Lessons in Ukraine

Teens and adults from Grace, Oskaloosa, Iowa, and Faith, Sharpsburg, Ga., taught—and learned—some valuable lessons this summer when they traveled to Ukraine to help a local congregation with its vacation Bible school.

Three youth and three adults planned and taught Bible stories, crafts, music, and English lessons to around one hundred children at Church of the Holy Cross in Kremenets, one of 18 congregations in the Ukrainian Lutheran Church. In exchange they learned about Ukrainian culture and what it’s like sharing the Word in a different country.

Renee DeMarce, a member at Grace and junior at Wisconsin Lutheran College, Milwaukee, especially appreciated learning about the hardships the Ukrainians had to go through for their faith. “My favorite part was hearing the story that was told to us by Deacon Stepan about when he was younger and put in a prison for teaching God’s Word when Christianity was new in Ukraine,” she says. “They gave him chances to change his ways, and he stayed true to his Christian beliefs. When he went to sleep one night he was surprised when he woke and noticed that all of his hair had gone white overnight. This was a sign to him that God was with him still and his hair changing overnight lead him to stay strong in his faith and continue teaching the Christian faith and being part of it to this day. This story will stick with me my whole life and reassure me in times of trouble that God does not leave us.”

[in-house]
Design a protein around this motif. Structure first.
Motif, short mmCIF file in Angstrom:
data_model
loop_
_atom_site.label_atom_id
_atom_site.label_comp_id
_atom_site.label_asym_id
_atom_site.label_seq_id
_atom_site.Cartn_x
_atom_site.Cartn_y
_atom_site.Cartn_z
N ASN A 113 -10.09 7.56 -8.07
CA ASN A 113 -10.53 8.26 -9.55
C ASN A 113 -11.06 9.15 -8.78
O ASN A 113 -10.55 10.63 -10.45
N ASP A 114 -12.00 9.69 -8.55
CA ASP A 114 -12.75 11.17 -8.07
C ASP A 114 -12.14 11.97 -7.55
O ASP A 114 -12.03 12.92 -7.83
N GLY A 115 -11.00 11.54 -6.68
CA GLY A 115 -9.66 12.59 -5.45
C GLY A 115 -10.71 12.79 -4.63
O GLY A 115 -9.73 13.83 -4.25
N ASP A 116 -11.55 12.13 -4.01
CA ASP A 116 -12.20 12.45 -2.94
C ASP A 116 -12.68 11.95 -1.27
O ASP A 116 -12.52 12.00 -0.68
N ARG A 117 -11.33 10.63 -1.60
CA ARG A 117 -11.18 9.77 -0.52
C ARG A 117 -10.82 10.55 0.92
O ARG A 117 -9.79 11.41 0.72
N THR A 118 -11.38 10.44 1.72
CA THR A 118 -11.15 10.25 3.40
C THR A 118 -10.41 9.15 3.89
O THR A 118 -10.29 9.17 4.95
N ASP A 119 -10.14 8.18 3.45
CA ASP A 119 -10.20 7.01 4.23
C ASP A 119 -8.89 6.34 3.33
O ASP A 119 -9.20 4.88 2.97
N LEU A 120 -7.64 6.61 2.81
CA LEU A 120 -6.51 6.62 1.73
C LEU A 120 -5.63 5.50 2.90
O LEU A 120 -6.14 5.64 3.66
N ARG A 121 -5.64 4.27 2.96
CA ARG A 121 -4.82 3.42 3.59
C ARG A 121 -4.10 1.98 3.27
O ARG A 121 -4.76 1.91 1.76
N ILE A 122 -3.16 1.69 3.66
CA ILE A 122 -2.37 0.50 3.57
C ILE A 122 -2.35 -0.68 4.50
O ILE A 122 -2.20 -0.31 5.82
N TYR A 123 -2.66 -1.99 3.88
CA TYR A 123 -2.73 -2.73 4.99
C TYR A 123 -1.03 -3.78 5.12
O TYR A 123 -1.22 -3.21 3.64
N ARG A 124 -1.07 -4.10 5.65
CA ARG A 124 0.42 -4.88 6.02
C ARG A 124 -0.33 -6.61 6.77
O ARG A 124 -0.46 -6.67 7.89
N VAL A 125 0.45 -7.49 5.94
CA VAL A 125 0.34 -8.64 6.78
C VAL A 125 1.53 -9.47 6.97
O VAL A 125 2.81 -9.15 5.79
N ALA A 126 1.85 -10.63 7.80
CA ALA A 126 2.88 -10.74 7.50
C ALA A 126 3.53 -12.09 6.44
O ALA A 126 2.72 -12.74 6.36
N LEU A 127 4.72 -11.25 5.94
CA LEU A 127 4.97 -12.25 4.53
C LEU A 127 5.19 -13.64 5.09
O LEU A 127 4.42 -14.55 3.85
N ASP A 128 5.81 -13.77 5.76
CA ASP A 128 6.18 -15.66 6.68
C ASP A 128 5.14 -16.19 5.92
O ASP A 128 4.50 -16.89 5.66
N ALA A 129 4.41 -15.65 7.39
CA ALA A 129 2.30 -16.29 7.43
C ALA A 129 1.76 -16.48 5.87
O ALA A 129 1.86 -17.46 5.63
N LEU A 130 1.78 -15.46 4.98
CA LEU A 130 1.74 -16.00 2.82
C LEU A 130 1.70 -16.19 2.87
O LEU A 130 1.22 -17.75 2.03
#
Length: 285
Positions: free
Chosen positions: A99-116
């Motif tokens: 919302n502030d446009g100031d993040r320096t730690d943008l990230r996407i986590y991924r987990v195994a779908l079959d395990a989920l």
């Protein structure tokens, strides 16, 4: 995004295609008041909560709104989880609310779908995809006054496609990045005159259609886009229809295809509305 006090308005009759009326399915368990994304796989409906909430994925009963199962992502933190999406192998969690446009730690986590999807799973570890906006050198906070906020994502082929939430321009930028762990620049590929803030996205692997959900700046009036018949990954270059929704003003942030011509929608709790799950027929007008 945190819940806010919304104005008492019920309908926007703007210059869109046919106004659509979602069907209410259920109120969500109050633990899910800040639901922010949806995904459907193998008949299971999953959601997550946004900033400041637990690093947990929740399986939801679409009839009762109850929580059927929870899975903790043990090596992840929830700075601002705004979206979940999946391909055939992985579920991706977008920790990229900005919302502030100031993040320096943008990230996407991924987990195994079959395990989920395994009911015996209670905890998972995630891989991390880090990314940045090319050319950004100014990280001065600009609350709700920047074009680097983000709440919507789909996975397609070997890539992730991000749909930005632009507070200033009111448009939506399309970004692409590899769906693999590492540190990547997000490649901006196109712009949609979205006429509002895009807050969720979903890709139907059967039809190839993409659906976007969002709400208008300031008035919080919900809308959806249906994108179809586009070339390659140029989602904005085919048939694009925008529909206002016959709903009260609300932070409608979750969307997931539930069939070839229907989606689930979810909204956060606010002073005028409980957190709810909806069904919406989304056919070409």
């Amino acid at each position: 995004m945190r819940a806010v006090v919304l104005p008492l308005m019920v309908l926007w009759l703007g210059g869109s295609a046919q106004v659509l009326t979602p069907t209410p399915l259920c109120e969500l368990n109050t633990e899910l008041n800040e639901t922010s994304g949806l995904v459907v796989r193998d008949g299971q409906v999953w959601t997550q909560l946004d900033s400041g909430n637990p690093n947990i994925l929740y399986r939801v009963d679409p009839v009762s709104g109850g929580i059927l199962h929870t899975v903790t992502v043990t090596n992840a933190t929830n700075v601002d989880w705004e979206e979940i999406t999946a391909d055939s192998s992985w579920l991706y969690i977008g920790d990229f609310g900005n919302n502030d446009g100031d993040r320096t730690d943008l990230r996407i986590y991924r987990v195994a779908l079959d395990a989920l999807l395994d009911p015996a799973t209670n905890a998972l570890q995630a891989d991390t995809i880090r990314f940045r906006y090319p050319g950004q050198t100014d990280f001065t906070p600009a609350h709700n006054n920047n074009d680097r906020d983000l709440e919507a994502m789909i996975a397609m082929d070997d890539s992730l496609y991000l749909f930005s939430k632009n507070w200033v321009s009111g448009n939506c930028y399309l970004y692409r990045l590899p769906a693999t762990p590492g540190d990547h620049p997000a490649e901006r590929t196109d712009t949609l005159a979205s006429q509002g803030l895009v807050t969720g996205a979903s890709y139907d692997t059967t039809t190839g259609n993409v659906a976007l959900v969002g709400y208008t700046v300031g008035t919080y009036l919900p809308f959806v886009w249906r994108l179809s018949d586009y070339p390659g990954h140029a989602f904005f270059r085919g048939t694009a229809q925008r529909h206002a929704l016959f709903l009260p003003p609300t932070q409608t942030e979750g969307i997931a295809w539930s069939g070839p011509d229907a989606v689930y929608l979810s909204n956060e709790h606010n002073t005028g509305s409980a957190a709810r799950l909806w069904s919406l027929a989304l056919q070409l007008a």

Although in many ways this was just like teaching vacation Bible school in the United States, there were some notable differences.

“The biggest difference was the language barrier—every word we said had to go through an interpreter,” says Sarah Kvidt, a member at Faith. “This took TIME! Pentecost was a huge gift from God!”

One of the interpreters even “translated” the Ukrainian songs phonetically so the volunteers could learn them. “After the Sunday afternoon performance, I was approached by the mayor of Kremenets and congratulated on having learned the right words to their songs,” says Brenda DeMarce.

Although having translators was a necessity for sharing the stories, Renee says they weren’t necessary to make connections. “The children knew that what we were teaching them was important even before they knew what we were saying.”

Tenth-grader Noah Kvidt also saw that Christian love trumps language barriers: “The language barrier was tough, but the love from and for the kids was not hindered,” he says. “One boy, Max (age 10), was sitting by me during music. He looked up to me, hugged me, and said in his best possible English, ‘Noah, I love you.’ I will always cherish that moment forever.”

This isn’t the first time WELS members have helped with conducting vacation Bible school in Ukraine. Past programs were coordinated through the Evangelical Lutheran Synod and Thoughts of Faith. This time, Roger Neumann, World Missions’ liaison to the Ukrainian Lutheran Church, led a local effort to coordinate volunteers from his congregation in Iowa and from Sharpsburg, Ga. “They hadn’t had a VBS for three years, so we decided we needed to revive this,” says Neumann. “Our volunteers were great witnesses and well received by the church and townspeople of Kremenets.”


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Volume 103, Number 10
Issue: October 2016

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